DCT also includes the now-ubiquitous Sport button, which speeds up DCT shift times and enhances throttle response when pressed. As I’ve said before, Sport mode ought to be the default mode—it’s tiring to depress the Sport button every time the engine is started, and the only time to drive a BMW in non-Sport mode is when you’re inching along in a traffic jam or driving on snow or another low-traction surface. At a minimum, the driver should be able to program Sport as the default mode—in iDrive, if BMW insists. [BMW tells us that making Sport the default mode would adversely affect the car’s CAFE rating, and that many of BMW’s testers preferred the Normal mode’s more progressive action on the track.—Ed.]
Where iDrive itself is concerned, BMW has absolutely and finally gotten this interface right. It is now as simple and easy to use as it is distracting and completely unnecessary. First, I prefer its default position to be “off” rather than “on” and wish it were programmable that way. Second, its major function, navigation, is perhaps better added to the car with a simple aftermarket device that will be less costly to replace when it wears out or the technology evolves.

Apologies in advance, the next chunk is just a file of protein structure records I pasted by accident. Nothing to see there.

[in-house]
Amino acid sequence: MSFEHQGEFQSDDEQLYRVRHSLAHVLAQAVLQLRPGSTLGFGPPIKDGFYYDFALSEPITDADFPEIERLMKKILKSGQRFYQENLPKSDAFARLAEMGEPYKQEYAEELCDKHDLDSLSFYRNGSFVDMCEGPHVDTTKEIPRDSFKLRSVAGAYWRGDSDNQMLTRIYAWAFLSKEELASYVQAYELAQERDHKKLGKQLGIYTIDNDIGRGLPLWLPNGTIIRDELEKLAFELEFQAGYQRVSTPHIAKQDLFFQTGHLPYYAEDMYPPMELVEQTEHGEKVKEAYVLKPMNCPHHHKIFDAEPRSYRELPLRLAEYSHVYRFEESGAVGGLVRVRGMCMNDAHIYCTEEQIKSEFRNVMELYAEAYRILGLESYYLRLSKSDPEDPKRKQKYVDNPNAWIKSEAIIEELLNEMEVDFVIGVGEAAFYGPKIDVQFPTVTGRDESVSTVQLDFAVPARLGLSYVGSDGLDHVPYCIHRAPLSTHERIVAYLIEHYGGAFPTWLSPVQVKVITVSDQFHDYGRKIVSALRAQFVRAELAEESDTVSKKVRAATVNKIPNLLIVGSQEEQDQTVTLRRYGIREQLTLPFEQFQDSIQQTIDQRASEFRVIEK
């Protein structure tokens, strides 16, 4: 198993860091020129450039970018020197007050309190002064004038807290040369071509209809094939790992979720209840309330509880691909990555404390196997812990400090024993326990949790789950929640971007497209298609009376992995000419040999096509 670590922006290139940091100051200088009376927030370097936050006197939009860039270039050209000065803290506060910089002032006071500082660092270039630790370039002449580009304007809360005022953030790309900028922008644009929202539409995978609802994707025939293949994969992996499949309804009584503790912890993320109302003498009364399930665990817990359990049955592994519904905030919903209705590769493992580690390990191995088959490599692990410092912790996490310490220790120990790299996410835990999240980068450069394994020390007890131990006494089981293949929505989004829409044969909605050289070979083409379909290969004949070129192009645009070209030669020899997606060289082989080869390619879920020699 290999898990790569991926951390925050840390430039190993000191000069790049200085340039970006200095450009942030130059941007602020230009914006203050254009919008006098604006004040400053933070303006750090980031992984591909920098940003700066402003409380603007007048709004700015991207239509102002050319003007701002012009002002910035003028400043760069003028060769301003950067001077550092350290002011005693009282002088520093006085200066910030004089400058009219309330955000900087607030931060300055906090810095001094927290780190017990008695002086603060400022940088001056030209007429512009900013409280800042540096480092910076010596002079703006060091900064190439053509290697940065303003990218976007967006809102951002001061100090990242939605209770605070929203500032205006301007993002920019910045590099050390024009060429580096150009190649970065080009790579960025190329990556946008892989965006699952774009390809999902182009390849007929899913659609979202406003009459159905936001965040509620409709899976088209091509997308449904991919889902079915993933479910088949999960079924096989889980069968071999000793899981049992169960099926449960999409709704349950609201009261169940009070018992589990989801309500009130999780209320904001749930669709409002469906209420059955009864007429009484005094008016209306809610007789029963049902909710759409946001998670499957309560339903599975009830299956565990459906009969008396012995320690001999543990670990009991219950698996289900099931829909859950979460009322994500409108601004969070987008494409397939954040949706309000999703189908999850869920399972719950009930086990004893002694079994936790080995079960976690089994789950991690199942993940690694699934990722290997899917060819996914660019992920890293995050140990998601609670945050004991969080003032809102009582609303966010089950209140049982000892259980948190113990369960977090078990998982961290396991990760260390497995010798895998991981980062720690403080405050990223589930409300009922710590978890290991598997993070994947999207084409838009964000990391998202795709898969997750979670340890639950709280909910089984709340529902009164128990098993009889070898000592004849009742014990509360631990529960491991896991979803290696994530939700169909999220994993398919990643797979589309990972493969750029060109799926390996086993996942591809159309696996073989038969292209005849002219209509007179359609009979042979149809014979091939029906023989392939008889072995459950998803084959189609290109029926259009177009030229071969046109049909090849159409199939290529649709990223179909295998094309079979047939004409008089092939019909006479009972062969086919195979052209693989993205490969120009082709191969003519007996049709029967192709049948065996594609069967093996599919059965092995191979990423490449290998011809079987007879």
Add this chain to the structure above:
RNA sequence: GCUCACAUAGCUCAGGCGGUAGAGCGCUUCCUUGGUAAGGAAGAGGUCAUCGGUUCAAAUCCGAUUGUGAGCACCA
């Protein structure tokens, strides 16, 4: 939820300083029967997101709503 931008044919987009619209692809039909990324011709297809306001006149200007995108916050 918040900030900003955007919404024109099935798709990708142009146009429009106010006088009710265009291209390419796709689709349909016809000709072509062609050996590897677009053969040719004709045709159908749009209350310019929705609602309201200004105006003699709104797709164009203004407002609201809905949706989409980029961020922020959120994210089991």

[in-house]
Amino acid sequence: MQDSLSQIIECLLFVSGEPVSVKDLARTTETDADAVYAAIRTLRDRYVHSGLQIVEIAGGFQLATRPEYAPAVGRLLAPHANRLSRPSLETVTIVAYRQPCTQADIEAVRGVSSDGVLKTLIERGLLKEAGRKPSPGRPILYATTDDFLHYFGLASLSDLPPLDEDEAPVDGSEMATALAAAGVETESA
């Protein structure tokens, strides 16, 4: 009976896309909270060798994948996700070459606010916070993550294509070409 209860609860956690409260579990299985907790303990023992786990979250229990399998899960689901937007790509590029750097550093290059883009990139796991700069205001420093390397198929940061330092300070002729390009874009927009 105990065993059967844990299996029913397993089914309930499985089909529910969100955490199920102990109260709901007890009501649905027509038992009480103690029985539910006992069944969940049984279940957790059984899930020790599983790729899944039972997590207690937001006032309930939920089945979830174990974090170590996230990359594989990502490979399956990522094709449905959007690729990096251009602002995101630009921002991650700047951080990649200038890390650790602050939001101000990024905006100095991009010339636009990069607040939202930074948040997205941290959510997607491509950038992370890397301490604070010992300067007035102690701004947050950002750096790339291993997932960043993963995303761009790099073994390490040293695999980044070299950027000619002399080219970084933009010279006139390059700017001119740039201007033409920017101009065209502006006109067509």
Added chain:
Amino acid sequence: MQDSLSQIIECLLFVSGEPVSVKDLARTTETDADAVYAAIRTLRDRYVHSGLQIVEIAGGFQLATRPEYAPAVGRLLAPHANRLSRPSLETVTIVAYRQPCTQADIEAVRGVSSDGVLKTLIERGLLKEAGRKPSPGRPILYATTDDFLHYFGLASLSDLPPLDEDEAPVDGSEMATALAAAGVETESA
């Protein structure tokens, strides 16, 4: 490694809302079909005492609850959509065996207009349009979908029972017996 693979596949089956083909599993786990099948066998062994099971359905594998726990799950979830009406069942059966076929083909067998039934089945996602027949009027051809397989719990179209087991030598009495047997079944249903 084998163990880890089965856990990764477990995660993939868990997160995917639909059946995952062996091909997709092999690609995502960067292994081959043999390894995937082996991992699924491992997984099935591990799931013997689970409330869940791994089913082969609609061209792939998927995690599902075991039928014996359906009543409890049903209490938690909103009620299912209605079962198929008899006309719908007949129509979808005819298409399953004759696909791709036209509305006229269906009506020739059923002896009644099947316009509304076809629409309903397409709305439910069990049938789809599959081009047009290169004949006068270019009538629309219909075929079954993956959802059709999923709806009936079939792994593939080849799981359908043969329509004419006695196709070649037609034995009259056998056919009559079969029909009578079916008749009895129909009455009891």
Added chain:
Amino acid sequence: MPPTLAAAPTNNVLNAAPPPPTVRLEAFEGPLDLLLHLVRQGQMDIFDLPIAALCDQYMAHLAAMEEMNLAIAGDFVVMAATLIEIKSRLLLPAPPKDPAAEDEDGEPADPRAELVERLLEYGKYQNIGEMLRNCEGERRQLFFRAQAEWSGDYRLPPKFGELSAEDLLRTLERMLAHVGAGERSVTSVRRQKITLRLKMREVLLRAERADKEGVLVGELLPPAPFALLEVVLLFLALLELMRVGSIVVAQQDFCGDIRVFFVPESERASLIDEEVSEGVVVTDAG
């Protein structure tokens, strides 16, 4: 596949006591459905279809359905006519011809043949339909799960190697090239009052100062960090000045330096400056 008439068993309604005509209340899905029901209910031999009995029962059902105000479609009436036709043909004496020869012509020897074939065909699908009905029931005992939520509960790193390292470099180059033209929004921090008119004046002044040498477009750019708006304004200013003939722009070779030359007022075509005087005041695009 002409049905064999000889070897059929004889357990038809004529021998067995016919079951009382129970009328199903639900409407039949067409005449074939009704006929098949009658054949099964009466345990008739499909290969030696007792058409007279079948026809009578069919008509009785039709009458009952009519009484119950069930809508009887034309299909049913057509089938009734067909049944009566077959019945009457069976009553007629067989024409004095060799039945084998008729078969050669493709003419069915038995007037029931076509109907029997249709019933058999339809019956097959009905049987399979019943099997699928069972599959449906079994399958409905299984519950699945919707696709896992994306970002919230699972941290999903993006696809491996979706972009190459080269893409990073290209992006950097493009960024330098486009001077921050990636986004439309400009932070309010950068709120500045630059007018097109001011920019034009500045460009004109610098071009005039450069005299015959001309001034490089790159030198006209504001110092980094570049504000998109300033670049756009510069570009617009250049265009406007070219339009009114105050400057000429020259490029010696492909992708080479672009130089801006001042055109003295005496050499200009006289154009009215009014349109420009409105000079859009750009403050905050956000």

Like many people, I do the brunt of my work at a computer. When I get into a car, the last thing I want to deal with or even look at is another computer. Of course, the car itself is a big rolling computer these days, and the combination of DCT, the Sport button and iDrive makes me feel like I’m back at my desk. Were I to order a 335is of my own, I wouldn’t want any of these options.
My own 335is would have only one option besides Le Mans Blue Metallic paint and Saddle Brown Dakota leather, and that would be Active Steering ($1,550). I’ve grown rather fond of this feature, and limiting options to just those three results in a more palatable sticker price: $54,075.
It’s still expensive, of course, but it also buys what is arguably the most perfect turbocharged BMW available to enthusiasts in 2011…and quite possibly until 2013.